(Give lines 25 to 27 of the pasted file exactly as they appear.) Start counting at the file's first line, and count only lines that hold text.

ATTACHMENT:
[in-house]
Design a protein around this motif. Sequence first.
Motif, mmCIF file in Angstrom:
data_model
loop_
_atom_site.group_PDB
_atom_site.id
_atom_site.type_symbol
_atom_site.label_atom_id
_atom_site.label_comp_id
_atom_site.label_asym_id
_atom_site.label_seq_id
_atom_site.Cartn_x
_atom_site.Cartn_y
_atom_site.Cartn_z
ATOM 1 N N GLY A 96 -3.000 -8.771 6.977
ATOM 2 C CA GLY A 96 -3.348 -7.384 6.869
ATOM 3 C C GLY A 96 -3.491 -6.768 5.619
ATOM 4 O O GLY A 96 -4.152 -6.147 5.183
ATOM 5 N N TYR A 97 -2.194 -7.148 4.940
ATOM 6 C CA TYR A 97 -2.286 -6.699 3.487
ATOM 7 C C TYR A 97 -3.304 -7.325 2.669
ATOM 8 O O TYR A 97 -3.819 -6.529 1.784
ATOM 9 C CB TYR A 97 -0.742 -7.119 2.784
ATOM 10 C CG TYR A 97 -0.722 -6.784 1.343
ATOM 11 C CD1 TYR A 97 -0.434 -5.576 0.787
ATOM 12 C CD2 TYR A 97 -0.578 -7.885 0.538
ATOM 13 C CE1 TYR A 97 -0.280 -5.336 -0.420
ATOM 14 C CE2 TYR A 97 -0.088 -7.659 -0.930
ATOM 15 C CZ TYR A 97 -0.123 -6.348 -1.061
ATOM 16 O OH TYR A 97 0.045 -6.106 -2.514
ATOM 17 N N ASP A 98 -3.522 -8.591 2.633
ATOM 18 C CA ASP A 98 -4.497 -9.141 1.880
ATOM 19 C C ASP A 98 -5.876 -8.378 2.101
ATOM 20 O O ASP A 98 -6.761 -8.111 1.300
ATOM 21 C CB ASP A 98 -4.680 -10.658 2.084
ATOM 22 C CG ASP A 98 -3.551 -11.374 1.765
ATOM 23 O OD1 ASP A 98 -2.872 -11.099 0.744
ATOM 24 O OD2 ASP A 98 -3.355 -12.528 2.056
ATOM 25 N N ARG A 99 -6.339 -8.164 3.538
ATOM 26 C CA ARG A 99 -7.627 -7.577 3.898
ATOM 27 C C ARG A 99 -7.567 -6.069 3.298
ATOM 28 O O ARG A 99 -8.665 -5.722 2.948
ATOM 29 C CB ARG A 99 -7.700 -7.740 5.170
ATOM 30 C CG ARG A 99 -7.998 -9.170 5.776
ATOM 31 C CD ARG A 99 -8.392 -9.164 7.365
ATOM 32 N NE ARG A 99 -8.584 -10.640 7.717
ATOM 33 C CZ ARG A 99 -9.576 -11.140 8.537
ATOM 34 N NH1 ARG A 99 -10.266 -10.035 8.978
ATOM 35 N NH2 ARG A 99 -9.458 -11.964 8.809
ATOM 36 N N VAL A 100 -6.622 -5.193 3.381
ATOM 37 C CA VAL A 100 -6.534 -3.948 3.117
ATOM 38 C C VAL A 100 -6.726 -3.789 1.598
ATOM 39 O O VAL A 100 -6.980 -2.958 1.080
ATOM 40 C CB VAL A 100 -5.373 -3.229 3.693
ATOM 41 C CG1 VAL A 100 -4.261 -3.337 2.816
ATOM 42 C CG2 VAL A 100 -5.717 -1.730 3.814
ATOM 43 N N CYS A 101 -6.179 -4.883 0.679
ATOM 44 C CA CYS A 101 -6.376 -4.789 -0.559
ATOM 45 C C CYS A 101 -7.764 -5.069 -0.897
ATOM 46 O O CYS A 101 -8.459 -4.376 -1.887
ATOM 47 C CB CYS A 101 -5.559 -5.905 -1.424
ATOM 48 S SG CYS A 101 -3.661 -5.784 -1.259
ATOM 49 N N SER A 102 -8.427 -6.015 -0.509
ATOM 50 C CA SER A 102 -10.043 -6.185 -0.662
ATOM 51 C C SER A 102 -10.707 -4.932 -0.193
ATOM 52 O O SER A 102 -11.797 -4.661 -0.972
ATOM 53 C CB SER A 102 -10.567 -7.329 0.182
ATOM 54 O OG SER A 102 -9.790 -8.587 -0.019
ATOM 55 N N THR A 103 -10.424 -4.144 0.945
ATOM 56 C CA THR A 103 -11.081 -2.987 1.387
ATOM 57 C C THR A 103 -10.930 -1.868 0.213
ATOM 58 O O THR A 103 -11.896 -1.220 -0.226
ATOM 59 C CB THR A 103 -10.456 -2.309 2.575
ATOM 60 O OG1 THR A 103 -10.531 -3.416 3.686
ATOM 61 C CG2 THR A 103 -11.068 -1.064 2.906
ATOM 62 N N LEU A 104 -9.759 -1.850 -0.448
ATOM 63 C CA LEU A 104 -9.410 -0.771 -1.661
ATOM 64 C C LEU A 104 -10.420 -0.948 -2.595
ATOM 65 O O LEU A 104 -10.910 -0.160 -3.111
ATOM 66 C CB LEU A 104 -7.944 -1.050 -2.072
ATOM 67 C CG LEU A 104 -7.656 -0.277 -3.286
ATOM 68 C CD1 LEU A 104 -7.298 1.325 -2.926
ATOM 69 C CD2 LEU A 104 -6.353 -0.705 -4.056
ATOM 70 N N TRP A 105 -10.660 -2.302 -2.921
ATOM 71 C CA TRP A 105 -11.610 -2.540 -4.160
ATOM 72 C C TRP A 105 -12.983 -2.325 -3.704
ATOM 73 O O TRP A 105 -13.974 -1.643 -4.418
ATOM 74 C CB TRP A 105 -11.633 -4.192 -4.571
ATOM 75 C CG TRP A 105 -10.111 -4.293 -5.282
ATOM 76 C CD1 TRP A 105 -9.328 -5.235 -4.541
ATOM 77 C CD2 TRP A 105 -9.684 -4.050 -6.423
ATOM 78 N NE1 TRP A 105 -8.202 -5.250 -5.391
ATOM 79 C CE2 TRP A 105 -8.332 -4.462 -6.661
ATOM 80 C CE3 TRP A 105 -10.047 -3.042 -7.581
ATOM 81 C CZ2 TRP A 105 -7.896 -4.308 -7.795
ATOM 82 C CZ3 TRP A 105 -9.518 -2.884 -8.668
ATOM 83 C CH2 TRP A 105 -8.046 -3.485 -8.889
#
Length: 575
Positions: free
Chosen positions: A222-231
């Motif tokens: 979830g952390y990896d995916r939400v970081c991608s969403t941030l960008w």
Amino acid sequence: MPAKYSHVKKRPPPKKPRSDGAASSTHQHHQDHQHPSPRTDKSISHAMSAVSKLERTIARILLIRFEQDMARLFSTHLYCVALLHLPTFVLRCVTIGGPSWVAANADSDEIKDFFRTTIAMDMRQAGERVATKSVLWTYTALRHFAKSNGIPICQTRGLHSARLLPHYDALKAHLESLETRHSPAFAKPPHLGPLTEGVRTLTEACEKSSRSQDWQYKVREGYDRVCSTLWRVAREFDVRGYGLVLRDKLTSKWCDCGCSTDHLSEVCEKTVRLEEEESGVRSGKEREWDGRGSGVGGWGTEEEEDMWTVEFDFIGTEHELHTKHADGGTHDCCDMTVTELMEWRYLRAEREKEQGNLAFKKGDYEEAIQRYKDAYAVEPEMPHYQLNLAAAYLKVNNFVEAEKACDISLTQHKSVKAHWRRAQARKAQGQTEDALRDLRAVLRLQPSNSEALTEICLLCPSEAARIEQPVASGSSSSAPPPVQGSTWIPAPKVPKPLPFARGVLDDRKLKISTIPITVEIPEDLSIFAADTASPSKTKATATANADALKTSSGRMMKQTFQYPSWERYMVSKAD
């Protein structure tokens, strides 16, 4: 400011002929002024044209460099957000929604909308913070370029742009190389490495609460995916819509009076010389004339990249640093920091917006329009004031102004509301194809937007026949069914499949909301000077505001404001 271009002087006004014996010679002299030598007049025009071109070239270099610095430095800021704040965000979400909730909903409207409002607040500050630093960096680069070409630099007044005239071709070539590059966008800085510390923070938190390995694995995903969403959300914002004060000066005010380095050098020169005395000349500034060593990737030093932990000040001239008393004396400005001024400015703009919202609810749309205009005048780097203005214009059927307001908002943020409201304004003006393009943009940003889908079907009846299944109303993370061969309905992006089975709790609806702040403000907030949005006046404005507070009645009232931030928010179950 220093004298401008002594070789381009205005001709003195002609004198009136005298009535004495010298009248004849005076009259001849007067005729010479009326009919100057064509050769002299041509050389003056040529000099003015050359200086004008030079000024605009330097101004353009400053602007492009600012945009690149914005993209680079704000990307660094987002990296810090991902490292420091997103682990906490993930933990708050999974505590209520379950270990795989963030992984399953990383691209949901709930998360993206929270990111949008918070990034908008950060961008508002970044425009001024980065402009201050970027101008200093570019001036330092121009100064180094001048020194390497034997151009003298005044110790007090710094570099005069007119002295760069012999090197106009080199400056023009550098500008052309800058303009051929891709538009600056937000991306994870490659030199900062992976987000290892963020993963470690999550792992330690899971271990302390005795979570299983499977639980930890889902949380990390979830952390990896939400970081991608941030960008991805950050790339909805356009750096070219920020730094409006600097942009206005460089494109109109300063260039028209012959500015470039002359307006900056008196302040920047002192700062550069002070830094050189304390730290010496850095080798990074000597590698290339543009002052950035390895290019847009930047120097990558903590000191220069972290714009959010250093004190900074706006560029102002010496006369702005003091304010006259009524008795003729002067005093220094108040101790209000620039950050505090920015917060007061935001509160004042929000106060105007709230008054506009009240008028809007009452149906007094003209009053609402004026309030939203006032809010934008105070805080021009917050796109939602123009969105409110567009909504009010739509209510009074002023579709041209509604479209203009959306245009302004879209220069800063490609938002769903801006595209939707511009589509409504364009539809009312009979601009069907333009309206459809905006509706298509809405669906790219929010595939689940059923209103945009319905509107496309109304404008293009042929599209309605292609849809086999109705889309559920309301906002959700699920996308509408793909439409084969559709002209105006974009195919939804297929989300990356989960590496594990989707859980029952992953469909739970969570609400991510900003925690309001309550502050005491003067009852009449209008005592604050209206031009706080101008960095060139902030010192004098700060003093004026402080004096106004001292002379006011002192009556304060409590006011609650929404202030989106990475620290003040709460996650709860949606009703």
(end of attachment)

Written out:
ATOM 10 C CG TYR A 97 -0.722 -6.784 1.343
ATOM 11 C CD1 TYR A 97 -0.434 -5.576 0.787
ATOM 12 C CD2 TYR A 97 -0.578 -7.885 0.538